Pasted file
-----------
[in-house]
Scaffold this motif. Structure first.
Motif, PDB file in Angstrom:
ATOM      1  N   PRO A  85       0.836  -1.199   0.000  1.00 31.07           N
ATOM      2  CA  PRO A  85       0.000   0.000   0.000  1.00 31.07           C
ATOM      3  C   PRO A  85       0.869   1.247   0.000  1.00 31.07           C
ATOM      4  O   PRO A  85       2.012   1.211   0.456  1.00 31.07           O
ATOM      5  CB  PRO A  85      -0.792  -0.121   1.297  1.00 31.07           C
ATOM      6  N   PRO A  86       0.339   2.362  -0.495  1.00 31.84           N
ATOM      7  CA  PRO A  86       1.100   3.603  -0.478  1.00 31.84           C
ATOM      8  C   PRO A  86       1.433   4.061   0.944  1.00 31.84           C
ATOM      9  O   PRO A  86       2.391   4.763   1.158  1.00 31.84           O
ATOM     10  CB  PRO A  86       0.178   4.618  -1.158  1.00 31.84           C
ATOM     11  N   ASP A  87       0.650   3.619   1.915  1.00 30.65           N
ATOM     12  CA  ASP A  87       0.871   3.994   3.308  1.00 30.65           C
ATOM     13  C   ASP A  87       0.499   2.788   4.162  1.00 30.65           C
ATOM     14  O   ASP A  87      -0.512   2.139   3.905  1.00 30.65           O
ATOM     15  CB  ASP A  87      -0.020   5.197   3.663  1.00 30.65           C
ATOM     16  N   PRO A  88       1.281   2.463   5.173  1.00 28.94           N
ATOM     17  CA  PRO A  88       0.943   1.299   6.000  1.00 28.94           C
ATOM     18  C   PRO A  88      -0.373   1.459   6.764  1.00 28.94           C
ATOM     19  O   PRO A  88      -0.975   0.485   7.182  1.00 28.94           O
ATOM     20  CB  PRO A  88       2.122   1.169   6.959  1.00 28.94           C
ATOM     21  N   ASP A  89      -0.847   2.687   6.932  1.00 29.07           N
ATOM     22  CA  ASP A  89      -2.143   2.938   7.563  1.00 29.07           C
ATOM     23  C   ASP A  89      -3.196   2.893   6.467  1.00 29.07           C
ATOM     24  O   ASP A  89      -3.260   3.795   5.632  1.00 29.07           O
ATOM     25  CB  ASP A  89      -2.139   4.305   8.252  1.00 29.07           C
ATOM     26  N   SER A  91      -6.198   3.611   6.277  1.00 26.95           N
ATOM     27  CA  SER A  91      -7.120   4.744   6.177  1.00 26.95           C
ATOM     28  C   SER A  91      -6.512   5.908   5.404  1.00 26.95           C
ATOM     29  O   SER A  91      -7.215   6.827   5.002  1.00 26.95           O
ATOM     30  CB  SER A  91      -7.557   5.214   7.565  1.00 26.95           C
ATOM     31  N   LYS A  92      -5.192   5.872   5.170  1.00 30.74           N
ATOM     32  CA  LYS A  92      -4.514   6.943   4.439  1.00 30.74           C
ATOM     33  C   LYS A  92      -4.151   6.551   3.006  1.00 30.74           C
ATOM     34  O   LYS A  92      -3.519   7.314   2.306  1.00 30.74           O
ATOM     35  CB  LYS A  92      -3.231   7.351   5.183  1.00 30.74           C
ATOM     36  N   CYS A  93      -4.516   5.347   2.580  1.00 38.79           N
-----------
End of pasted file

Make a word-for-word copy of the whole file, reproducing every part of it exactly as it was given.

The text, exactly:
[in-house]
Scaffold this motif. Structure first.
Motif, PDB file in Angstrom:
ATOM      1  N   PRO A  85       0.836  -1.199   0.000  1.00 31.07           N
ATOM      2  CA  PRO A  85       0.000   0.000   0.000  1.00 31.07           C
ATOM      3  C   PRO A  85       0.869   1.247   0.000  1.00 31.07           C
ATOM      4  O   PRO A  85       2.012   1.211   0.456  1.00 31.07           O
ATOM      5  CB  PRO A  85      -0.792  -0.121   1.297  1.00 31.07           C
ATOM      6  N   PRO A  86       0.339   2.362  -0.495  1.00 31.84           N
ATOM      7  CA  PRO A  86       1.100   3.603  -0.478  1.00 31.84           C
ATOM      8  C   PRO A  86       1.433   4.061   0.944  1.00 31.84           C
ATOM      9  O   PRO A  86       2.391   4.763   1.158  1.00 31.84           O
ATOM     10  CB  PRO A  86       0.178   4.618  -1.158  1.00 31.84           C
ATOM     11  N   ASP A  87       0.650   3.619   1.915  1.00 30.65           N
ATOM     12  CA  ASP A  87       0.871   3.994   3.308  1.00 30.65           C
ATOM     13  C   ASP A  87       0.499   2.788   4.162  1.00 30.65           C
ATOM     14  O   ASP A  87      -0.512   2.139   3.905  1.00 30.65           O
ATOM     15  CB  ASP A  87      -0.020   5.197   3.663  1.00 30.65           C
ATOM     16  N   PRO A  88       1.281   2.463   5.173  1.00 28.94           N
ATOM     17  CA  PRO A  88       0.943   1.299   6.000  1.00 28.94           C
ATOM     18  C   PRO A  88      -0.373   1.459   6.764  1.00 28.94           C
ATOM     19  O   PRO A  88      -0.975   0.485   7.182  1.00 28.94           O
ATOM     20  CB  PRO A  88       2.122   1.169   6.959  1.00 28.94           C
ATOM     21  N   ASP A  89      -0.847   2.687   6.932  1.00 29.07           N
ATOM     22  CA  ASP A  89      -2.143   2.938   7.563  1.00 29.07           C
ATOM     23  C   ASP A  89      -3.196   2.893   6.467  1.00 29.07           C
ATOM     24  O   ASP A  89      -3.260   3.795   5.632  1.00 29.07           O
ATOM     25  CB  ASP A  89      -2.139   4.305   8.252  1.00 29.07           C
ATOM     26  N   SER A  91      -6.198   3.611   6.277  1.00 26.95           N
ATOM     27  CA  SER A  91      -7.120   4.744   6.177  1.00 26.95           C
ATOM     28  C   SER A  91      -6.512   5.908   5.404  1.00 26.95           C
ATOM     29  O   SER A  91      -7.215   6.827   5.002  1.00 26.95           O
ATOM     30  CB  SER A  91      -7.557   5.214   7.565  1.00 26.95           C
ATOM     31  N   LYS A  92      -5.192   5.872   5.170  1.00 30.74           N
ATOM     32  CA  LYS A  92      -4.514   6.943   4.439  1.00 30.74           C
ATOM     33  C   LYS A  92      -4.151   6.551   3.006  1.00 30.74           C
ATOM     34  O   LYS A  92      -3.519   7.314   2.306  1.00 30.74           O
ATOM     35  CB  LYS A  92      -3.231   7.351   5.183  1.00 30.74           C
ATOM     36  N   CYS A  93      -4.516   5.347   2.580  1.00 38.79           N